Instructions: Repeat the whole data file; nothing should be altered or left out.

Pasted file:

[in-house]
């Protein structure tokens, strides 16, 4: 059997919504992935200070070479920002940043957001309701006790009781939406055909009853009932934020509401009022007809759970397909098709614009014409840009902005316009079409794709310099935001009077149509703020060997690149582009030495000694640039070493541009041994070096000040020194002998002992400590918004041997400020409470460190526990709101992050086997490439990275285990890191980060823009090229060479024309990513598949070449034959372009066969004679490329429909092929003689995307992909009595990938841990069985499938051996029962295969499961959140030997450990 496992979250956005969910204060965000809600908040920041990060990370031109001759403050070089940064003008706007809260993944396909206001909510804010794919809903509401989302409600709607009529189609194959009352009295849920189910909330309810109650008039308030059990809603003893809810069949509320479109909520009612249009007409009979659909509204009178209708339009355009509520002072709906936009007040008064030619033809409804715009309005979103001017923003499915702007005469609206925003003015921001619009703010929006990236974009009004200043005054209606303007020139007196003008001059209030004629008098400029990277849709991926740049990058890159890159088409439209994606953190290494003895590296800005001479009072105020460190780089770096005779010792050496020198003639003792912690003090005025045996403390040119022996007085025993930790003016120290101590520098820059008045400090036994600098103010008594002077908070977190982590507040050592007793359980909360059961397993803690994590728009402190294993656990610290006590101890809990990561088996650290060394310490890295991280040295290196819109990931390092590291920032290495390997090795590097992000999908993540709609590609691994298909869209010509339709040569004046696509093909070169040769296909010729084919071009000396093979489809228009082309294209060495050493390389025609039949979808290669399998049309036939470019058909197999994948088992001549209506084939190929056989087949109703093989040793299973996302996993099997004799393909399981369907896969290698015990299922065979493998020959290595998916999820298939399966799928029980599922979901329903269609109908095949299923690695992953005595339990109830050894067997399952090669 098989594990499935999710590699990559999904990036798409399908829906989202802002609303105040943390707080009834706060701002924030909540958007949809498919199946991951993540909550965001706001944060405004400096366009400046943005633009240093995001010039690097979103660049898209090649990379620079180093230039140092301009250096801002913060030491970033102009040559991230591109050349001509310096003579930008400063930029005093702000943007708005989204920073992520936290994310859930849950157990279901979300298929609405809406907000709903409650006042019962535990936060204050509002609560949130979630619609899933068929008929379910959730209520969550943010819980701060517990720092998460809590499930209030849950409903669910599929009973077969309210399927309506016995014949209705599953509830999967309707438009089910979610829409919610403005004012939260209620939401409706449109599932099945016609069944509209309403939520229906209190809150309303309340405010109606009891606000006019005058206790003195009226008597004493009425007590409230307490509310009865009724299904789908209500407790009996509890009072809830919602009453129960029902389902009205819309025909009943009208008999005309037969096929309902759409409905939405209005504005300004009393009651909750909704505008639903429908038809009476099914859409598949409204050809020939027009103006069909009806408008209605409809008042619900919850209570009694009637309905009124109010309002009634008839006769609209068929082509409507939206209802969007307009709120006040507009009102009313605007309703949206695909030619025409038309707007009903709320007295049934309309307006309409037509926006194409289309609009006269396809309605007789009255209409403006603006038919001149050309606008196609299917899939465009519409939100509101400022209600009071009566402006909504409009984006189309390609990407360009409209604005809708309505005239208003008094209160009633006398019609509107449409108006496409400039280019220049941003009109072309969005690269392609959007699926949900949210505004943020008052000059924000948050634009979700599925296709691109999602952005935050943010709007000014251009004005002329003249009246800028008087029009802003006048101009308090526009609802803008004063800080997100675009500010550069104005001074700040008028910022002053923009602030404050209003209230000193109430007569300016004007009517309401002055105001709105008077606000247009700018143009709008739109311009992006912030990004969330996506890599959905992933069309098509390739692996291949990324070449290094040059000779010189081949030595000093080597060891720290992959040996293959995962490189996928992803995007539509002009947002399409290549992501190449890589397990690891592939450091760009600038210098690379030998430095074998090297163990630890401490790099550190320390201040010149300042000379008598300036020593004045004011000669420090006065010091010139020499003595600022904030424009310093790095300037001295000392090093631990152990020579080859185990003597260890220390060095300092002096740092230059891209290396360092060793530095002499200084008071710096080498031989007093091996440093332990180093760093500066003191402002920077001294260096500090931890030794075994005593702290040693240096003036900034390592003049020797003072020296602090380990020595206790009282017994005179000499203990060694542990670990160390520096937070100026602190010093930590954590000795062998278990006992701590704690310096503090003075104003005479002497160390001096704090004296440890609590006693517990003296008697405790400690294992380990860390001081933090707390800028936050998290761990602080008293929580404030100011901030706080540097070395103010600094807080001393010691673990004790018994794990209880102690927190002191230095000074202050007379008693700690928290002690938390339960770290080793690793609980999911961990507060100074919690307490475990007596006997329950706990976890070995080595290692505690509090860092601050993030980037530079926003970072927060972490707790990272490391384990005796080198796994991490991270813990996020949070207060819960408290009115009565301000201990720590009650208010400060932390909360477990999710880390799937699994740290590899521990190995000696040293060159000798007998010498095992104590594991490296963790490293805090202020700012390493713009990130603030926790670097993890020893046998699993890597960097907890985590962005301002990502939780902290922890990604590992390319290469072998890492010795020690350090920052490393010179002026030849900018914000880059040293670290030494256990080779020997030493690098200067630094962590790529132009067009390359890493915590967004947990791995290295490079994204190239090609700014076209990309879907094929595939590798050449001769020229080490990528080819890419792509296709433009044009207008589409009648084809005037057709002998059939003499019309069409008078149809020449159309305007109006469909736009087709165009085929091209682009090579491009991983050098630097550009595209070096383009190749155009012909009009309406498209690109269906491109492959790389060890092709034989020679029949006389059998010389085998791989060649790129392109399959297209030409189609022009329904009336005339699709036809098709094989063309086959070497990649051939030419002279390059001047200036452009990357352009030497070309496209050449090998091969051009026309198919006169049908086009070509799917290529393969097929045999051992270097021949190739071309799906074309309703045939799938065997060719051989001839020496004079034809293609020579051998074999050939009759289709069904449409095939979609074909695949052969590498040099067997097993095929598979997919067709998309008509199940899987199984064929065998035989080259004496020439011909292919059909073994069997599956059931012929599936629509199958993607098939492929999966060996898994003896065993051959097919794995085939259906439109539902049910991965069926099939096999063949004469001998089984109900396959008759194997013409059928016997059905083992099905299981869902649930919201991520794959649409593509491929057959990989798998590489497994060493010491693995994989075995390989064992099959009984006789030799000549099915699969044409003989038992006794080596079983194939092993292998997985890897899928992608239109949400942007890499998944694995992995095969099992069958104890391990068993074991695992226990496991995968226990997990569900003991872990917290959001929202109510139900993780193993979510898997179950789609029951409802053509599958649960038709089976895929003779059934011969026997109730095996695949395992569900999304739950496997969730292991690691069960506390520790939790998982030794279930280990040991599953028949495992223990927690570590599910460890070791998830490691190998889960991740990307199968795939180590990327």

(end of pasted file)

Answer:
[in-house]
């Protein structure tokens, strides 16, 4: 059997919504992935200070070479920002940043957001309701006790009781939406055909009853009932934020509401009022007809759970397909098709614009014409840009902005316009079409794709310099935001009077149509703020060997690149582009030495000694640039070493541009041994070096000040020194002998002992400590918004041997400020409470460190526990709101992050086997490439990275285990890191980060823009090229060479024309990513598949070449034959372009066969004679490329429909092929003689995307992909009595990938841990069985499938051996029962295969499961959140030997450990 496992979250956005969910204060965000809600908040920041990060990370031109001759403050070089940064003008706007809260993944396909206001909510804010794919809903509401989302409600709607009529189609194959009352009295849920189910909330309810109650008039308030059990809603003893809810069949509320479109909520009612249009007409009979659909509204009178209708339009355009509520002072709906936009007040008064030619033809409804715009309005979103001017923003499915702007005469609206925003003015921001619009703010929006990236974009009004200043005054209606303007020139007196003008001059209030004629008098400029990277849709991926740049990058890159890159088409439209994606953190290494003895590296800005001479009072105020460190780089770096005779010792050496020198003639003792912690003090005025045996403390040119022996007085025993930790003016120290101590520098820059008045400090036994600098103010008594002077908070977190982590507040050592007793359980909360059961397993803690994590728009402190294993656990610290006590101890809990990561088996650290060394310490890295991280040295290196819109990931390092590291920032290495390997090795590097992000999908993540709609590609691994298909869209010509339709040569004046696509093909070169040769296909010729084919071009000396093979489809228009082309294209060495050493390389025609039949979808290669399998049309036939470019058909197999994948088992001549209506084939190929056989087949109703093989040793299973996302996993099997004799393909399981369907896969290698015990299922065979493998020959290595998916999820298939399966799928029980599922979901329903269609109908095949299923690695992953005595339990109830050894067997399952090669 098989594990499935999710590699990559999904990036798409399908829906989202802002609303105040943390707080009834706060701002924030909540958007949809498919199946991951993540909550965001706001944060405004400096366009400046943005633009240093995001010039690097979103660049898209090649990379620079180093230039140092301009250096801002913060030491970033102009040559991230591109050349001509310096003579930008400063930029005093702000943007708005989204920073992520936290994310859930849950157990279901979300298929609405809406907000709903409650006042019962535990936060204050509002609560949130979630619609899933068929008929379910959730209520969550943010819980701060517990720092998460809590499930209030849950409903669910599929009973077969309210399927309506016995014949209705599953509830999967309707438009089910979610829409919610403005004012939260209620939401409706449109599932099945016609069944509209309403939520229906209190809150309303309340405010109606009891606000006019005058206790003195009226008597004493009425007590409230307490509310009865009724299904789908209500407790009996509890009072809830919602009453129960029902389902009205819309025909009943009208008999005309037969096929309902759409409905939405209005504005300004009393009651909750909704505008639903429908038809009476099914859409598949409204050809020939027009103006069909009806408008209605409809008042619900919850209570009694009637309905009124109010309002009634008839006769609209068929082509409507939206209802969007307009709120006040507009009102009313605007309703949206695909030619025409038309707007009903709320007295049934309309307006309409037509926006194409289309609009006269396809309605007789009255209409403006603006038919001149050309606008196609299917899939465009519409939100509101400022209600009071009566402006909504409009984006189309390609990407360009409209604005809708309505005239208003008094209160009633006398019609509107449409108006496409400039280019220049941003009109072309969005690269392609959007699926949900949210505004943020008052000059924000948050634009979700599925296709691109999602952005935050943010709007000014251009004005002329003249009246800028008087029009802003006048101009308090526009609802803008004063800080997100675009500010550069104005001074700040008028910022002053923009602030404050209003209230000193109430007569300016004007009517309401002055105001709105008077606000247009700018143009709008739109311009992006912030990004969330996506890599959905992933069309098509390739692996291949990324070449290094040059000779010189081949030595000093080597060891720290992959040996293959995962490189996928992803995007539509002009947002399409290549992501190449890589397990690891592939450091760009600038210098690379030998430095074998090297163990630890401490790099550190320390201040010149300042000379008598300036020593004045004011000669420090006065010091010139020499003595600022904030424009310093790095300037001295000392090093631990152990020579080859185990003597260890220390060095300092002096740092230059891209290396360092060793530095002499200084008071710096080498031989007093091996440093332990180093760093500066003191402002920077001294260096500090931890030794075994005593702290040693240096003036900034390592003049020797003072020296602090380990020595206790009282017994005179000499203990060694542990670990160390520096937070100026602190010093930590954590000795062998278990006992701590704690310096503090003075104003005479002497160390001096704090004296440890609590006693517990003296008697405790400690294992380990860390001081933090707390800028936050998290761990602080008293929580404030100011901030706080540097070395103010600094807080001393010691673990004790018994794990209880102690927190002191230095000074202050007379008693700690928290002690938390339960770290080793690793609980999911961990507060100074919690307490475990007596006997329950706990976890070995080595290692505690509090860092601050993030980037530079926003970072927060972490707790990272490391384990005796080198796994991490991270813990996020949070207060819960408290009115009565301000201990720590009650208010400060932390909360477990999710880390799937699994740290590899521990190995000696040293060159000798007998010498095992104590594991490296963790490293805090202020700012390493713009990130603030926790670097993890020893046998699993890597960097907890985590962005301002990502939780902290922890990604590992390319290469072998890492010795020690350090920052490393010179002026030849900018914000880059040293670290030494256990080779020997030493690098200067630094962590790529132009067009390359890493915590967004947990791995290295490079994204190239090609700014076209990309879907094929595939590798050449001769020229080490990528080819890419792509296709433009044009207008589409009648084809005037057709002998059939003499019309069409008078149809020449159309305007109006469909736009087709165009085929091209682009090579491009991983050098630097550009595209070096383009190749155009012909009009309406498209690109269906491109492959790389060890092709034989020679029949006389059998010389085998791989060649790129392109399959297209030409189609022009329904009336005339699709036809098709094989063309086959070497990649051939030419002279390059001047200036452009990357352009030497070309496209050449090998091969051009026309198919006169049908086009070509799917290529393969097929045999051992270097021949190739071309799906074309309703045939799938065997060719051989001839020496004079034809293609020579051998074999050939009759289709069904449409095939979609074909695949052969590498040099067997097993095929598979997919067709998309008509199940899987199984064929065998035989080259004496020439011909292919059909073994069997599956059931012929599936629509199958993607098939492929999966060996898994003896065993051959097919794995085939259906439109539902049910991965069926099939096999063949004469001998089984109900396959008759194997013409059928016997059905083992099905299981869902649930919201991520794959649409593509491929057959990989798998590489497994060493010491693995994989075995390989064992099959009984006789030799000549099915699969044409003989038992006794080596079983194939092993292998997985890897899928992608239109949400942007890499998944694995992995095969099992069958104890391990068993074991695992226990496991995968226990997990569900003991872990917290959001929202109510139900993780193993979510898997179950789609029951409802053509599958649960038709089976895929003779059934011969026997109730095996695949395992569900999304739950496997969730292991690691069960506390520790939790998982030794279930280990040991599953028949495992223990927690570590599910460890070791998830490691190998889960991740990307199968795939180590990327």